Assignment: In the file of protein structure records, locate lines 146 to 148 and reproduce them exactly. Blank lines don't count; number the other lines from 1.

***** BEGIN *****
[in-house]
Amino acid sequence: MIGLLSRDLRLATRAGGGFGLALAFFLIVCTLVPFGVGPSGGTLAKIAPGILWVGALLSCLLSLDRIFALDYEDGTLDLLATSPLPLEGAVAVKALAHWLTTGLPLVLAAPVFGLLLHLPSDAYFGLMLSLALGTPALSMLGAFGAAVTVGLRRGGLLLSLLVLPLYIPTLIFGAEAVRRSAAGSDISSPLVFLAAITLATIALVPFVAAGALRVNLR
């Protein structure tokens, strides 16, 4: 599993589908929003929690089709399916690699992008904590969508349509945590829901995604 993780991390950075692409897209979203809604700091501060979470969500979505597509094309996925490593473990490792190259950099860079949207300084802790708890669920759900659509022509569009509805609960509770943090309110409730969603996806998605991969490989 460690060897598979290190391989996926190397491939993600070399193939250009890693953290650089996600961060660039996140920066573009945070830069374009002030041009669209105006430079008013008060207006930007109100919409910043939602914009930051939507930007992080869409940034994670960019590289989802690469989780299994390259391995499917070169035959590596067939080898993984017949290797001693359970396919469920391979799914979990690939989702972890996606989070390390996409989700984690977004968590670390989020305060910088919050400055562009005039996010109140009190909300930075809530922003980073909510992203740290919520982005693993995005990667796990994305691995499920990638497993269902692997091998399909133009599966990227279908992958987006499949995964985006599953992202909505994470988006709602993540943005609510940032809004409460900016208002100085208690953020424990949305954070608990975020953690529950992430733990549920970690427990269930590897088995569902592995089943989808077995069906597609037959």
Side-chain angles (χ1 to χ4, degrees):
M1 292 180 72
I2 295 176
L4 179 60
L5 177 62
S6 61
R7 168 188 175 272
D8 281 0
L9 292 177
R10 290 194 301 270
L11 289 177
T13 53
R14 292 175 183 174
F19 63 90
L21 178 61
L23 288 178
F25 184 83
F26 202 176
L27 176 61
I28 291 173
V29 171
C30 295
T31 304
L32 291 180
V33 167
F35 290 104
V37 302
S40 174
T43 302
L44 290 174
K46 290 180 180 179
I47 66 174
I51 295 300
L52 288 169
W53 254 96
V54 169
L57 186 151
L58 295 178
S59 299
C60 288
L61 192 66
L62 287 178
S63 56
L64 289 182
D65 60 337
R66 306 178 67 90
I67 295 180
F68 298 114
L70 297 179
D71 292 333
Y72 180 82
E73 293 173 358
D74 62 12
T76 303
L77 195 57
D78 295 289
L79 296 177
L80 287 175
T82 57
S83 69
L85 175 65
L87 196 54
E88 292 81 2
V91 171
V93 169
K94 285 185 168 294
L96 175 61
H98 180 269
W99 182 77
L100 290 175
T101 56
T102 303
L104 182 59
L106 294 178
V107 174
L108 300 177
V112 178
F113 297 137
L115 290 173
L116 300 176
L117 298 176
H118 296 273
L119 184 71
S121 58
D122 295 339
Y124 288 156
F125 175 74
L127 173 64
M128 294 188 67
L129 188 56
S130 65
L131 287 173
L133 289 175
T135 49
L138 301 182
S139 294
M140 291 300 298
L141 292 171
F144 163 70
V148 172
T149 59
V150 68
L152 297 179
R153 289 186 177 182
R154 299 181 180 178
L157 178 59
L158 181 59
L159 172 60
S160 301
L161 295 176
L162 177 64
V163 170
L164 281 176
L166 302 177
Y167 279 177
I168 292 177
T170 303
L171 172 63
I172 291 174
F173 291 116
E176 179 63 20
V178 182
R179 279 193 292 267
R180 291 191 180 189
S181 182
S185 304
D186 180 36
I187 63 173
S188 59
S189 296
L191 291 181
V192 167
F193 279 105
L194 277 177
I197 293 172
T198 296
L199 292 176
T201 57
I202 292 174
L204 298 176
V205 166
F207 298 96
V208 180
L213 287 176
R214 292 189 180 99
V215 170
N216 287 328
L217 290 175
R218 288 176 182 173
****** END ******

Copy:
V208 180
L213 287 176
R214 292 189 180 99